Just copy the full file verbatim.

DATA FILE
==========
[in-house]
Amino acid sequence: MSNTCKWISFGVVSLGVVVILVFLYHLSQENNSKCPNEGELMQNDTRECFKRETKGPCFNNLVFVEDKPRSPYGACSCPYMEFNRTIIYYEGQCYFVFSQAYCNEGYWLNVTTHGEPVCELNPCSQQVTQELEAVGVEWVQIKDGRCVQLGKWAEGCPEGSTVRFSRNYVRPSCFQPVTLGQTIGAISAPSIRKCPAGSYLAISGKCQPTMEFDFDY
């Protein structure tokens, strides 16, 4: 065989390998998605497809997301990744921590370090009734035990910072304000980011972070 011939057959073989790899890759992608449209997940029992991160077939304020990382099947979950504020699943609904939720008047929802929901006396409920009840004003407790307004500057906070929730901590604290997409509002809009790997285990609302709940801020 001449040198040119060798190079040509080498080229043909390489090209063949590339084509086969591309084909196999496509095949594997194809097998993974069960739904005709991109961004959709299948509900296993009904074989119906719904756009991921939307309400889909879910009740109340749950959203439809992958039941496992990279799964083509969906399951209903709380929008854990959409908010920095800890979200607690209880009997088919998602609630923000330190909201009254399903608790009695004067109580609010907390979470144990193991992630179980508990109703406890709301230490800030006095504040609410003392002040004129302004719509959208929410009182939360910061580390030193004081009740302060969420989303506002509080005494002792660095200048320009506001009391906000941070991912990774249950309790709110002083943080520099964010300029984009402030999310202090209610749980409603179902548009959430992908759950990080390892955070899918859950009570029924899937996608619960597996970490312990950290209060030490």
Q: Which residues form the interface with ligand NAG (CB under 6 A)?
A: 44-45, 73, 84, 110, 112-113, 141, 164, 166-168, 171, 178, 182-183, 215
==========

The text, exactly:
[in-house]
Amino acid sequence: MSNTCKWISFGVVSLGVVVILVFLYHLSQENNSKCPNEGELMQNDTRECFKRETKGPCFNNLVFVEDKPRSPYGACSCPYMEFNRTIIYYEGQCYFVFSQAYCNEGYWLNVTTHGEPVCELNPCSQQVTQELEAVGVEWVQIKDGRCVQLGKWAEGCPEGSTVRFSRNYVRPSCFQPVTLGQTIGAISAPSIRKCPAGSYLAISGKCQPTMEFDFDY
């Protein structure tokens, strides 16, 4: 065989390998998605497809997301990744921590370090009734035990910072304000980011972070 011939057959073989790899890759992608449209997940029992991160077939304020990382099947979950504020699943609904939720008047929802929901006396409920009840004003407790307004500057906070929730901590604290997409509002809009790997285990609302709940801020 001449040198040119060798190079040509080498080229043909390489090209063949590339084509086969591309084909196999496509095949594997194809097998993974069960739904005709991109961004959709299948509900296993009904074989119906719904756009991921939307309400889909879910009740109340749950959203439809992958039941496992990279799964083509969906399951209903709380929008854990959409908010920095800890979200607690209880009997088919998602609630923000330190909201009254399903608790009695004067109580609010907390979470144990193991992630179980508990109703406890709301230490800030006095504040609410003392002040004129302004719509959208929410009182939360910061580390030193004081009740302060969420989303506002509080005494002792660095200048320009506001009391906000941070991912990774249950309790709110002083943080520099964010300029984009402030999310202090209610749980409603179902548009959430992908759950990080390892955070899918859950009570029924899937996608619960597996970490312990950290209060030490």
Q: Which residues form the interface with ligand NAG (CB under 6 A)?
A: 44-45, 73, 84, 110, 112-113, 141, 164, 166-168, 171, 178, 182-183, 215